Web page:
Last week I wrote about all the different medicines available to treat chronic pain. But there are many nondrug approaches as well. Here are a few:
You can do physical things at the point of pain. Massage is good, and it doesn’t have to be professional. Any kind of caring touch may distract from pain sensations and help tissues heal. Self-massage helps, too.
Ice or heat can help healing and reduce pain. It doesn’t seem to matter which — some people like cold and others like heat, or you can alternate them. Heat and cold both compete with pain signals and so reduce pain sensations. So does gentle touch.
Exercise — stretching, strengthening, and conditioning — can reduce pain. An interesting study showed that being sedentary increased sensations of pain in mice. (They could tell by observing the mouse’s behaviors — they didn’t ask the mice to rate pain on a scale of 1–10.)
Of course, it’s hard to exercise when you’re hurting. It’s important to start slow and keep it gentle. A good physical therapist can help.
Anodyne Therapy is treatment with an infrared light. It seems effective for peripheral neuropathy, which can cause pain in the arms, legs, feet, and hands. You can read about Anodyne Therapy here.
Electrical stimulation to the nerves can be done through the skin and can block pain signals. Ask your doctor about a “transcutaneous electrical nerve stimulation” (TENS) unit.
As I wrote last week, there are many medicines approved for treating pain. Ask for them, whether they are narcotics or not. As reader Gary commented, many doctors refuse to prescribe narcotics, because they are afraid of “drug seeking” or “addiction.” They seem to think those are worse than pain. But they’re not. Here’s an article about addiction in chronic pain and why it’s not a major risk if medicines are used right.
See my blog entry from last week for other categories of medicines that can help with pain.
Laughter is great pain medicine. It’s very difficult to feel pain when you are laughing. Watch comedies or watch children playing, or just laugh for no reason. Studies actually show that laughter, even forced laughter, reduces pain. It also reduces inflammation and improves circulation, so it can heal the causes of some kinds of pain.
Sex causes your body to release oxytocin and endorphins, both of which make you feel better. Of course, both sex and laughter can be difficult when you are in pain. You can take some of your medicine to make it easier to relax and have fun.
Being aware of how eating affects pain levels makes a difference for many people. It may be that some foods increase your pain, while others make you feel better. Pay attention and keep records, and you may notice patterns that help you. Then eat the things that make you feel good.
Poor sleep is pain’s twin. If you can improve sleep, your pain will almost certainly decrease. Get checked for sleep apnea. Learn sleep hygiene techniques here. Have your medicines evaluated for their affect on sleep (all medicines, not just your pain medicines.)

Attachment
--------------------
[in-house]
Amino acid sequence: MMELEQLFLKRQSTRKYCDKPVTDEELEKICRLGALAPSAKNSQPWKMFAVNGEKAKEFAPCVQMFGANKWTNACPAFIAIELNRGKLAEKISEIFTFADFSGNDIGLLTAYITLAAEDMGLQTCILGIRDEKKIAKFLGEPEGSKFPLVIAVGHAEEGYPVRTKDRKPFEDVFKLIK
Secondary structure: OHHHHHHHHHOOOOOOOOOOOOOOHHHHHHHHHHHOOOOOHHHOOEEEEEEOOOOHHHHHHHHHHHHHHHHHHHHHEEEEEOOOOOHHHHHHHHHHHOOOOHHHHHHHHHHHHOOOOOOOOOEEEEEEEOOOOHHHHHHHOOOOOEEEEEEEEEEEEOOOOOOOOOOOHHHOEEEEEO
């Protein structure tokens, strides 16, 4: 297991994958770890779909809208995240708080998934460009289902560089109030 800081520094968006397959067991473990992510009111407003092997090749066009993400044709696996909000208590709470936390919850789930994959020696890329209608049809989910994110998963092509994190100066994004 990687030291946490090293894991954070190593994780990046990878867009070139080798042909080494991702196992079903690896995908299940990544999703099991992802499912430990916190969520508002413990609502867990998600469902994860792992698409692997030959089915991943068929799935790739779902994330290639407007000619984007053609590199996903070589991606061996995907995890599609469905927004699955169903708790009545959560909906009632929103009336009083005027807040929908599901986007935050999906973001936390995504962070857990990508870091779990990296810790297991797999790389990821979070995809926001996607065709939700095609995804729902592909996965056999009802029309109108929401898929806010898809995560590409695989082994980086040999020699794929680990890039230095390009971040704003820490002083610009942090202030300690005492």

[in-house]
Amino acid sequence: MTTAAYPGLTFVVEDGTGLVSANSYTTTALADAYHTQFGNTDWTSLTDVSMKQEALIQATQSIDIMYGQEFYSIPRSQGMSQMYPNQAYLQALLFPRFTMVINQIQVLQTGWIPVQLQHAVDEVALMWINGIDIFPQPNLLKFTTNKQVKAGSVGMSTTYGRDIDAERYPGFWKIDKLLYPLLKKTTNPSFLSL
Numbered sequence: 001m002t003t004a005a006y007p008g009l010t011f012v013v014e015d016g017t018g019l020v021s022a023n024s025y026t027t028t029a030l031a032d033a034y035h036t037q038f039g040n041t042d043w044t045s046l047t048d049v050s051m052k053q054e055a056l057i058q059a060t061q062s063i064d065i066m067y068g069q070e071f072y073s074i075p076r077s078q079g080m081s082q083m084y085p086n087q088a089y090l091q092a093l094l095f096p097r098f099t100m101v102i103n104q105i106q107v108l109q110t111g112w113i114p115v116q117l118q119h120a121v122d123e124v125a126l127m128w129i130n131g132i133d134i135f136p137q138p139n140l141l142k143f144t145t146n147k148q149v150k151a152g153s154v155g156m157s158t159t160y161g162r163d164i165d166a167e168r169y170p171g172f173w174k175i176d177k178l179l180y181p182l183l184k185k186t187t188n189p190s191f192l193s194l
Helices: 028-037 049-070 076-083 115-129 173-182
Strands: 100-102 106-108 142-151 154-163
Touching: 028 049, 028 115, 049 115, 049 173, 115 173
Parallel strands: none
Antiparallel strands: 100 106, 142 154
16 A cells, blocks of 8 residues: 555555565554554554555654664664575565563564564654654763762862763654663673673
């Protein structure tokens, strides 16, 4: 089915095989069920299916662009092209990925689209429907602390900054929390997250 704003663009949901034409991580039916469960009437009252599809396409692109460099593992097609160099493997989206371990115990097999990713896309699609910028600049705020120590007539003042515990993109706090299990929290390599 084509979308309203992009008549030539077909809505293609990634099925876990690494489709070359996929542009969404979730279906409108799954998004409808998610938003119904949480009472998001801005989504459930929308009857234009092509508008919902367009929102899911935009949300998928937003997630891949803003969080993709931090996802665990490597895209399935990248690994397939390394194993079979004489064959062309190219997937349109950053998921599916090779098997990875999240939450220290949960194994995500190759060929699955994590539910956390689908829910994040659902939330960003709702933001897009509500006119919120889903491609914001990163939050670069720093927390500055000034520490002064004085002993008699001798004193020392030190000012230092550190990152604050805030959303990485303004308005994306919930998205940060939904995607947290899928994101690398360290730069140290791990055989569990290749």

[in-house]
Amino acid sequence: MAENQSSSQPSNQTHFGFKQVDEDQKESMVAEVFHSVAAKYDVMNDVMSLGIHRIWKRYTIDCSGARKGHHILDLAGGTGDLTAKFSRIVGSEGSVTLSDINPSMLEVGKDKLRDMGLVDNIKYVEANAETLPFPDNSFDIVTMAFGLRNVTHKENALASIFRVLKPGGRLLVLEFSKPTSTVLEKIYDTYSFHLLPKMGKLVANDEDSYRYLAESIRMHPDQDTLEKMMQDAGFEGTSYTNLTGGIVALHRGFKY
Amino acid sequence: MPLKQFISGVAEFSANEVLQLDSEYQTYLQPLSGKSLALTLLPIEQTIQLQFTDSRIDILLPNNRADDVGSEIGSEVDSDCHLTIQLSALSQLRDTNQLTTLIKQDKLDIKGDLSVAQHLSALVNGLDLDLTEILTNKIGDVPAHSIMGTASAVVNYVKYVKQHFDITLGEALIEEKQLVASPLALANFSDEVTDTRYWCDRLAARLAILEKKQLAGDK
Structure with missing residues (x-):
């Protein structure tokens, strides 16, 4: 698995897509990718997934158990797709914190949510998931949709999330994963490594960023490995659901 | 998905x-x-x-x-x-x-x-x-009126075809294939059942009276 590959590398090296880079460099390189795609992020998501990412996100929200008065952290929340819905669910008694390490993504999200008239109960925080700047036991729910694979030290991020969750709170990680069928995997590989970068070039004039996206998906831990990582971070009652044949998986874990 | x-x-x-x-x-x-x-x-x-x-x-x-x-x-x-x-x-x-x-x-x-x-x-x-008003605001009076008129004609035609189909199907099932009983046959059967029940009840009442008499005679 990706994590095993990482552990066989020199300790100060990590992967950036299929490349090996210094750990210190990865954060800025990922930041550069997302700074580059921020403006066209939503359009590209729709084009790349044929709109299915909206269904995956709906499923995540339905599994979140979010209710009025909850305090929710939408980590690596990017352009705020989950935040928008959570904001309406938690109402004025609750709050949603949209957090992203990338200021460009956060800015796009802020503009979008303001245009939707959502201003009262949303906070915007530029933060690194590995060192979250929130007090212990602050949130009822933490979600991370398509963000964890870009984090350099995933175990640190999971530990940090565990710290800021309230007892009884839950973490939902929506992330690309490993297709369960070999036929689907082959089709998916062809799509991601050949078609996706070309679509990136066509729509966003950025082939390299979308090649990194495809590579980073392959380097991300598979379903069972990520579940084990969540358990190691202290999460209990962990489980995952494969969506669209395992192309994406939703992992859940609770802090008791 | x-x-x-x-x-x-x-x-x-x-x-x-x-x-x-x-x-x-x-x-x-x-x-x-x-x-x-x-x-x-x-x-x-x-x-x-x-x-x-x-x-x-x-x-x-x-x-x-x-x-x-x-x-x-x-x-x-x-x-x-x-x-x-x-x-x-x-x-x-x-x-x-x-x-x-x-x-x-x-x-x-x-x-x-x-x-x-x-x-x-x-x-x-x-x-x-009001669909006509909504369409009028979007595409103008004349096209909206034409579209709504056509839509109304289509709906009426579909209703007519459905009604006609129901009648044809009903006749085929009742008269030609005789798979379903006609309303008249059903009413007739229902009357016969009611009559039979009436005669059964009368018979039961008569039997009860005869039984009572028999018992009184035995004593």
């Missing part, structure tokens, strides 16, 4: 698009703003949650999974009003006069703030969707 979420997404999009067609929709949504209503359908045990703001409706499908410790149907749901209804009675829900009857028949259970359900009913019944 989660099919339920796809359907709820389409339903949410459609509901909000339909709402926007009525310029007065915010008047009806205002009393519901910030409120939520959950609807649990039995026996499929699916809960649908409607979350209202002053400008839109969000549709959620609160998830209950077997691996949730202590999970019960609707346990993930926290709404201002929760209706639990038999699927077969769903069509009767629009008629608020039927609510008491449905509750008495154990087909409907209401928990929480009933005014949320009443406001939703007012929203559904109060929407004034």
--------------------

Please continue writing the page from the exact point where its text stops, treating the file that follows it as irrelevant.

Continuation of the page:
Many times, painful thoughts add greatly to physical pain. As I wrote two weeks ago, chronic pain is physical, emotional, and mental, a whole body experience. So getting some psychological help with changing painful thoughts (such as “I can’t stand this”) to more balanced thoughts, like “I can barely stand this” make a big difference.
Distraction makes it easier to forget pain for a while. Hobbies, volunteering — especially helping others — puzzles and games, guided imagery, or remembering pleasant times (looking at pictures, etc.) can all take your mind off pain. So can working on some project that is important to you. It doesn’t have to be important to anybody else.
Relaxation, meditation, and prayer all improve pain conditions. Learning to step back and observe your body and its sufferings with your “higher self,” or letting pain go to your “higher power,” takes a lot of pressure off. Just the act of sitting peacefully and breathing will relax muscles. Accepting what is and realizing that it won’t last forever may give comfort and help you go on.
Pain specialist Dr. Karen Burt-Amira talks of “developing a witness within,” a part of you that sees what your mind and body are going through, but does not identify as the one who is suffering. This practice helps to “open up a bigger sense of who you are” so you see that pain is only part of your experience.
But just as important as any of them is finding support and connection. People need to talk with someone who understands. They need the support and understanding of families. They need a sense of connection to the world, which can be difficult when pain makes it hard to participate.
Pain specialists have a saying: “The group is the medicine.” It’s true. We’re group animals; we feel better with support. Find yourself a support group, even if it’s only one other person. And please let us know what your experience is going forward.